The Japanese club had its first movie night, and of course it was a Studio Ghibli movie (not that I mind). The vote went to Howl’s Moving Castle, one I had seen before. Still, the ending is probably the most complicated part of any studio Ghibli movie (things always get hard to follow when time travel is introduced), so it was nice to get a second run through. The event was extremely popular: chairs from another classroom had to be pulled in and there was a scarcity of pizza. I think a lot of non-regular club members were drawn in by the allure of free pizza and the stand-out fame of Ghibli movies. The movie itself was as great as I remember. The visuals remain amazing, the characters are great, and the music -especially Howl’s Theme- is some of the best in all the Ghibli movies I have seen. The next movie is going to be a live action Japanese movie, which I have less experience with. Hopefully it will be interesting, though I doubt it will be as great as Howl was.
This week I finished my midterms and I felt free and relaxed. I was a couch potato right after my last exam was done. Then, my friend suggested that we go hiking. Since I felt that I should get up and move, I agreed and on Saturday, we set out to Bukhansan.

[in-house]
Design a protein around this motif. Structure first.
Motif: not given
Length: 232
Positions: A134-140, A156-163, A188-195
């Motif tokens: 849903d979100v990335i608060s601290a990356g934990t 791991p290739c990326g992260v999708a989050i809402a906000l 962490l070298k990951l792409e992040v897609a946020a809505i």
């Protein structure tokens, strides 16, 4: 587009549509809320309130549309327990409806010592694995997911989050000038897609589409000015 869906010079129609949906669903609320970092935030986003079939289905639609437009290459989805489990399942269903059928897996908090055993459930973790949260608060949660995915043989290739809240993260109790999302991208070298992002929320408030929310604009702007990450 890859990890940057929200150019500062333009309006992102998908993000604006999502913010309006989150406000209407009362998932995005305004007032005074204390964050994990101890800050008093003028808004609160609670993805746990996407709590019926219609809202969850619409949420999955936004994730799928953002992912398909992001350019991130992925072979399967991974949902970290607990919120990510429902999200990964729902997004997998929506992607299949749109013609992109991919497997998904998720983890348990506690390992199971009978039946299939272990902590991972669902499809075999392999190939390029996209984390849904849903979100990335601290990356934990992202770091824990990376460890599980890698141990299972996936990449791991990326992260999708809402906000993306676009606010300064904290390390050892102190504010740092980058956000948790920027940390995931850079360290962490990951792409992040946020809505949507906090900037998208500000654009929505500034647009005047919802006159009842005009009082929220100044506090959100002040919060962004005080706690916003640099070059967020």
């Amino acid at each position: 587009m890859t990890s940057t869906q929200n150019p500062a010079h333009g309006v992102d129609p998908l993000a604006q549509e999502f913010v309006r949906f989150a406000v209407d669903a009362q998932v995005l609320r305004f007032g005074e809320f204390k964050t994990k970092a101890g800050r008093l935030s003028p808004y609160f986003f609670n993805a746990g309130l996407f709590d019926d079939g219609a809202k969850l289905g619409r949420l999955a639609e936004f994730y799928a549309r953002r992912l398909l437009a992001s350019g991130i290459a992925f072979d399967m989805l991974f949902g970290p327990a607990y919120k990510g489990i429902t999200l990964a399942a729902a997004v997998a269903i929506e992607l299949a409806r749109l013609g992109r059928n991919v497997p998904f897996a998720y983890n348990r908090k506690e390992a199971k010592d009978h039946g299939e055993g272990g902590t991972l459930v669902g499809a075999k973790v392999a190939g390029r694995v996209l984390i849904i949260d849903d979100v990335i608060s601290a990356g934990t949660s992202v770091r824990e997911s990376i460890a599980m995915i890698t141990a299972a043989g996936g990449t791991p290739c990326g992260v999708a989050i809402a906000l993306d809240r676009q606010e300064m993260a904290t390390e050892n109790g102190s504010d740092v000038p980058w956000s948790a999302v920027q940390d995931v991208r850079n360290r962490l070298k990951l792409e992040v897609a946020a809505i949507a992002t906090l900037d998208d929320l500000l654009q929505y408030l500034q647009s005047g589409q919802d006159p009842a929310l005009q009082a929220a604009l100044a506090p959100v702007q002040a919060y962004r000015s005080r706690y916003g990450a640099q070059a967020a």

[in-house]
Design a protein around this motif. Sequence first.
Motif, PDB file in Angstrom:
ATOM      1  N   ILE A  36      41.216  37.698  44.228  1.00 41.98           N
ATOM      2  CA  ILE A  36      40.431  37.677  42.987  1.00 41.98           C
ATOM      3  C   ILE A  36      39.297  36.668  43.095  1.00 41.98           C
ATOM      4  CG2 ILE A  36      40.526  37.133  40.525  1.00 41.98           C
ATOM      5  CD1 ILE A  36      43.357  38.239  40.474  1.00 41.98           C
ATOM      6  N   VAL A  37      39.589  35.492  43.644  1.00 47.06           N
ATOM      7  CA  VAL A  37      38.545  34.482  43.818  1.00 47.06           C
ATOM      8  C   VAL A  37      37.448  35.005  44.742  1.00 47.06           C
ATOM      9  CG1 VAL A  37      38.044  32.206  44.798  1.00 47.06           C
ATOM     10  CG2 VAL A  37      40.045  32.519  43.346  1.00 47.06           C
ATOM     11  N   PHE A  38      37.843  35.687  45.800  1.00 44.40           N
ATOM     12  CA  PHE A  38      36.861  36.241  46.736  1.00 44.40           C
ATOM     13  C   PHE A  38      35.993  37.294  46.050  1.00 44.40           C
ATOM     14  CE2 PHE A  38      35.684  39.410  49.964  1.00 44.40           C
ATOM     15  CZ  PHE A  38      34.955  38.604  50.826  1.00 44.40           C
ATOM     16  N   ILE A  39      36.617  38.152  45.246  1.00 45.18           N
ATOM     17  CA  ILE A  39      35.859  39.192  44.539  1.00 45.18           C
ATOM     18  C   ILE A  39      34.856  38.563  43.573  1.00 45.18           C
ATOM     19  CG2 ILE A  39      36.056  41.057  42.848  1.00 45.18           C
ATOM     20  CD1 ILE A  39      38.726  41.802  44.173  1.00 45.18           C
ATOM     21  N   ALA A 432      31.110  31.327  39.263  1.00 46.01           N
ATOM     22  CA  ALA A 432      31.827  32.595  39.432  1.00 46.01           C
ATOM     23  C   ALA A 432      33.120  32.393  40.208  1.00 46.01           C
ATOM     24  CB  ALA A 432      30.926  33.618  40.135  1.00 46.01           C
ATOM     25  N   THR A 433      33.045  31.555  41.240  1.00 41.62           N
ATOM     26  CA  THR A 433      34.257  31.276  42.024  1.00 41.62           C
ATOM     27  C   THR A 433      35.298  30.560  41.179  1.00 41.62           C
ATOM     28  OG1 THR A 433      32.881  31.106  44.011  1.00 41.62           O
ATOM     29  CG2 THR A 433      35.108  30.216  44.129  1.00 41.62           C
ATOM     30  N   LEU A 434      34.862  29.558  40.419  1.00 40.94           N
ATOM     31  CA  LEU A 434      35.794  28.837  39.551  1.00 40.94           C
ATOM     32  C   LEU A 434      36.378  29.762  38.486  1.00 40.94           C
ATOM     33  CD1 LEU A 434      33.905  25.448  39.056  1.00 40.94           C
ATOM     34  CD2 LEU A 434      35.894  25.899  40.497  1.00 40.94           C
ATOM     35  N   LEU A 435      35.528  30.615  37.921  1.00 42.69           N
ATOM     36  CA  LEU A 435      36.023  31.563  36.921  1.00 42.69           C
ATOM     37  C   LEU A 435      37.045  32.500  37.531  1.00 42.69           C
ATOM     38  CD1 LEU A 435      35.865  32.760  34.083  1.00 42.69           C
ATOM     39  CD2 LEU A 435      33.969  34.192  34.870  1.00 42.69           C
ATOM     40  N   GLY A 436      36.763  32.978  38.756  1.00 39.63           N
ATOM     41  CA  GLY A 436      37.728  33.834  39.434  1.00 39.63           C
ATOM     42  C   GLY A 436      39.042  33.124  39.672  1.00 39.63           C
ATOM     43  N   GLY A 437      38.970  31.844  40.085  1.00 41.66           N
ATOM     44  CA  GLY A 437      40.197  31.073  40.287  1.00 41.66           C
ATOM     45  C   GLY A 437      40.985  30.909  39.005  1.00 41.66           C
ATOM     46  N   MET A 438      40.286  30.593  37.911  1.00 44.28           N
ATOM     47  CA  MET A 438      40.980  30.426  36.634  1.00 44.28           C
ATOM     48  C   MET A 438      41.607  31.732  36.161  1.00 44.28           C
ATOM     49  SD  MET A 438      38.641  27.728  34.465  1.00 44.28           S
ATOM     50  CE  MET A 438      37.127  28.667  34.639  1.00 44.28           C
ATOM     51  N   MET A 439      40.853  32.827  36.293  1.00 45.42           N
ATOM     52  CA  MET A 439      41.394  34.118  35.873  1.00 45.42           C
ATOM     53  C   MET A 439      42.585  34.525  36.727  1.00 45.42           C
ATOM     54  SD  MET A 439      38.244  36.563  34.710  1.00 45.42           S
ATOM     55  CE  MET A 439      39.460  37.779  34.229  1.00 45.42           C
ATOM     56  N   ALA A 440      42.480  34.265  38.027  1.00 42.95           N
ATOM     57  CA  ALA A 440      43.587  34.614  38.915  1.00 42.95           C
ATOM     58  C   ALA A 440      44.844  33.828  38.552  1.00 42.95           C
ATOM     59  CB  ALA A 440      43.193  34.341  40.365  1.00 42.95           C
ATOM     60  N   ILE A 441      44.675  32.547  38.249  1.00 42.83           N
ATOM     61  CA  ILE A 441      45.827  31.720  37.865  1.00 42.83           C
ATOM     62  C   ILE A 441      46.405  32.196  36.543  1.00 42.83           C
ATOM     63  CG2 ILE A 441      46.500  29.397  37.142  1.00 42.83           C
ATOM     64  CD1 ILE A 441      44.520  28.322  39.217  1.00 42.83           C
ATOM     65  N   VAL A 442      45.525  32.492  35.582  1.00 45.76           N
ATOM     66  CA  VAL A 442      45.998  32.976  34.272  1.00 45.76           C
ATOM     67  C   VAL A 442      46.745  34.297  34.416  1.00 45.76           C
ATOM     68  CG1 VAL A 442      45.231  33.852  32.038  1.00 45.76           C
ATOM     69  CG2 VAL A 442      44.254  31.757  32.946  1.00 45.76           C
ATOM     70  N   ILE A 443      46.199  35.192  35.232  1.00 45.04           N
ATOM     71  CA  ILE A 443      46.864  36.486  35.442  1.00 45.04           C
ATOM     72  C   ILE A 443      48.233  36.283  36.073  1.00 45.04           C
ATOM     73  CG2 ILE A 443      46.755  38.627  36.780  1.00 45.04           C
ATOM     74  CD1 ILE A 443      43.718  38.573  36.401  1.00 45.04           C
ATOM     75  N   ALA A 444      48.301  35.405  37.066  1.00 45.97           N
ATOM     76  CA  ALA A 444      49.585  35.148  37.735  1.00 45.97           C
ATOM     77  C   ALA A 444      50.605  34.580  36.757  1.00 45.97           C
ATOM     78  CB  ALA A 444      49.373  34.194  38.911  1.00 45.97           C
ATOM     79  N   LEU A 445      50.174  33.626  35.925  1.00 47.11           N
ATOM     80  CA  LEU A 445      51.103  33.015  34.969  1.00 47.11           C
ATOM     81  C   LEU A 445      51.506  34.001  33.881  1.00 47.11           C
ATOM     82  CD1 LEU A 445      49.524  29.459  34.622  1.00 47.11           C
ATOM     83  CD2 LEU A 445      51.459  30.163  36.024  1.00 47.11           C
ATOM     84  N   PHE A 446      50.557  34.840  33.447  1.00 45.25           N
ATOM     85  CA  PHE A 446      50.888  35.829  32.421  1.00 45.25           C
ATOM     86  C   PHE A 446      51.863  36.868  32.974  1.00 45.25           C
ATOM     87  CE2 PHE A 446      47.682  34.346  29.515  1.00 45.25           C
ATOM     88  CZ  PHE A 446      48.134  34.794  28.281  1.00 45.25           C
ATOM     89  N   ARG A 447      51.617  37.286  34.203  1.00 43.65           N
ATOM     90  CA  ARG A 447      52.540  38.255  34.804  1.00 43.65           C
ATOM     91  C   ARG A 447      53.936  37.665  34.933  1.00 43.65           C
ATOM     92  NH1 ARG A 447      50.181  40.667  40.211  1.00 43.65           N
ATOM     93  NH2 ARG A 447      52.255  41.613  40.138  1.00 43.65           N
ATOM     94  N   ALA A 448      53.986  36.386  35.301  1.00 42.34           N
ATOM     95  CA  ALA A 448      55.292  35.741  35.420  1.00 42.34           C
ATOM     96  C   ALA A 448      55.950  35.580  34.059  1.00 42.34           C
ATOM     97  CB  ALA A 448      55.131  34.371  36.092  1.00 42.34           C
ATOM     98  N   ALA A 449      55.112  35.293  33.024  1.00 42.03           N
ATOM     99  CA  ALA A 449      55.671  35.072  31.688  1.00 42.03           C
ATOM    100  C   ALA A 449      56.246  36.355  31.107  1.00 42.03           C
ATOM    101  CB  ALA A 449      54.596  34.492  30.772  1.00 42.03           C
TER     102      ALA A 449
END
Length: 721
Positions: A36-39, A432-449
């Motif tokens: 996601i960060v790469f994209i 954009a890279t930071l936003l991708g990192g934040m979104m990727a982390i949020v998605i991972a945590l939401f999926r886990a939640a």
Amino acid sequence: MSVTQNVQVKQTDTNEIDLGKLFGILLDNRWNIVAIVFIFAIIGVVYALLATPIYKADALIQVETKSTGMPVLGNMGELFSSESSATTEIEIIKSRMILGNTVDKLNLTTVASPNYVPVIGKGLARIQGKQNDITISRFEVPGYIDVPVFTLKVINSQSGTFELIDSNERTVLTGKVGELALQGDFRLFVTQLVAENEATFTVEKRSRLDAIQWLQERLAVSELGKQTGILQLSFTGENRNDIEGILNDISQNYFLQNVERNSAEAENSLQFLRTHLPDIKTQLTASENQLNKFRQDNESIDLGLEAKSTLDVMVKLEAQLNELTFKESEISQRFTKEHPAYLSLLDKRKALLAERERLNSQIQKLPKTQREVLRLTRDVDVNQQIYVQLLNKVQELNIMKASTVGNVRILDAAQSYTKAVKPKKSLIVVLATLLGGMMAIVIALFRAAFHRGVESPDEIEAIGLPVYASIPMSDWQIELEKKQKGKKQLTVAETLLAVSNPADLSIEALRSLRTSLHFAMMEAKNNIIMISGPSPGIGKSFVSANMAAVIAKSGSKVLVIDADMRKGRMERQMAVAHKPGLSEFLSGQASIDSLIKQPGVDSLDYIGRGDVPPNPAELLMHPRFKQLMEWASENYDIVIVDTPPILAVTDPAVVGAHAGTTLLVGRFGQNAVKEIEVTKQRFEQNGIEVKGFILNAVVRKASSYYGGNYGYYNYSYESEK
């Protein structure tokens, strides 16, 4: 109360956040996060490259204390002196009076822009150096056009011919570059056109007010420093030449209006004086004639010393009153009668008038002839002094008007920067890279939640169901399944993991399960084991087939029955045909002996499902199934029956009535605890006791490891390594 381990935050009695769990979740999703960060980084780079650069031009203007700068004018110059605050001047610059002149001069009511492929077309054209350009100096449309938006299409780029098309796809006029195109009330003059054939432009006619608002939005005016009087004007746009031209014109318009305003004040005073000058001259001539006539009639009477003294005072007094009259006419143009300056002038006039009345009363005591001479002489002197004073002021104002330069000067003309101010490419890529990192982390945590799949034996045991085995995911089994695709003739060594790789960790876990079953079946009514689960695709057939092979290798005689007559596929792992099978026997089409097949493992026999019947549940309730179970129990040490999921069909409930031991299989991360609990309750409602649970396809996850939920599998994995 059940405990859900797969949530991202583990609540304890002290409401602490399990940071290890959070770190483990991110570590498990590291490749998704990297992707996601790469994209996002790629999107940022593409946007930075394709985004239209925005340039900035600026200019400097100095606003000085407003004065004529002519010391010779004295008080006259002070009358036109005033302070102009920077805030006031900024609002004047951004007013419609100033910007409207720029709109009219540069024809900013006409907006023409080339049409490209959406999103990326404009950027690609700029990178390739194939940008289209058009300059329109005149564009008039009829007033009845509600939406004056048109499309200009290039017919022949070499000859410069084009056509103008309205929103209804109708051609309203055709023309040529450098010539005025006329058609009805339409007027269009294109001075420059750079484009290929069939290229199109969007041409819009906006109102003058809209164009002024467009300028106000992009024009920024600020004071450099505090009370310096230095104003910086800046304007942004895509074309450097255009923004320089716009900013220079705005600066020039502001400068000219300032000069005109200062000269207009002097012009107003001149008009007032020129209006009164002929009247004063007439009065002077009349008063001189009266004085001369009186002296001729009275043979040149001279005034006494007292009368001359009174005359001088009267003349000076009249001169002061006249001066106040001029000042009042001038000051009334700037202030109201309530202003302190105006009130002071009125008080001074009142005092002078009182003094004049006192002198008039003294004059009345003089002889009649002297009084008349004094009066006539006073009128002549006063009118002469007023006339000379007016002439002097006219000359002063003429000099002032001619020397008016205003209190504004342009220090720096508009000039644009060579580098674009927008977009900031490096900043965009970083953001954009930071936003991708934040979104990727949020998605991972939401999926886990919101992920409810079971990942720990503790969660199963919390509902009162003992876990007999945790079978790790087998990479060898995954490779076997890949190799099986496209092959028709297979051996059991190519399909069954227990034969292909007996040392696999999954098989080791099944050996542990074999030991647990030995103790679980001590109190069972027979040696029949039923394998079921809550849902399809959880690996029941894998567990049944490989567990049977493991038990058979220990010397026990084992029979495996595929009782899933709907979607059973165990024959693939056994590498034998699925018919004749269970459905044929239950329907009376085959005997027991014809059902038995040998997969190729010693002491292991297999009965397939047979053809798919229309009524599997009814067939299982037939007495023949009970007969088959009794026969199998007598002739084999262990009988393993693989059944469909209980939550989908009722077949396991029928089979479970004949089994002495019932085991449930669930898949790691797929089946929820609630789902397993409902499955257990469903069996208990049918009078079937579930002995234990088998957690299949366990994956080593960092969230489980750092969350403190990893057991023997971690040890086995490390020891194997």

Bukhansan is one of the many mountains in Seoul, and with that being said, it is also one of the most difficult mountains to hike. I’ve been hiking a few times in Colorado, and so I thought I would be fine. I was not. This hike has been, by far, the hardest hike I’ve ever done in my life.
There were TONS of people, mostly older Koreans, but there were a few foreigners. I was embarrassed at my lack of stamina as compared to the older Koreans. They were practically like flying squirrels! They hiked (and even ran) up the trail with ease that made me shocked and scared about their safety.
Back to my situation. I think one of the reasons why the hike was so hard was because of the weather. It was a little cold and dry, which irritated my nose every time I breathed. Also, I forgot how much my ankles hurt the last time I hiked, and so this also made the hike worse. However, the view was worth the death I felt like I was going through.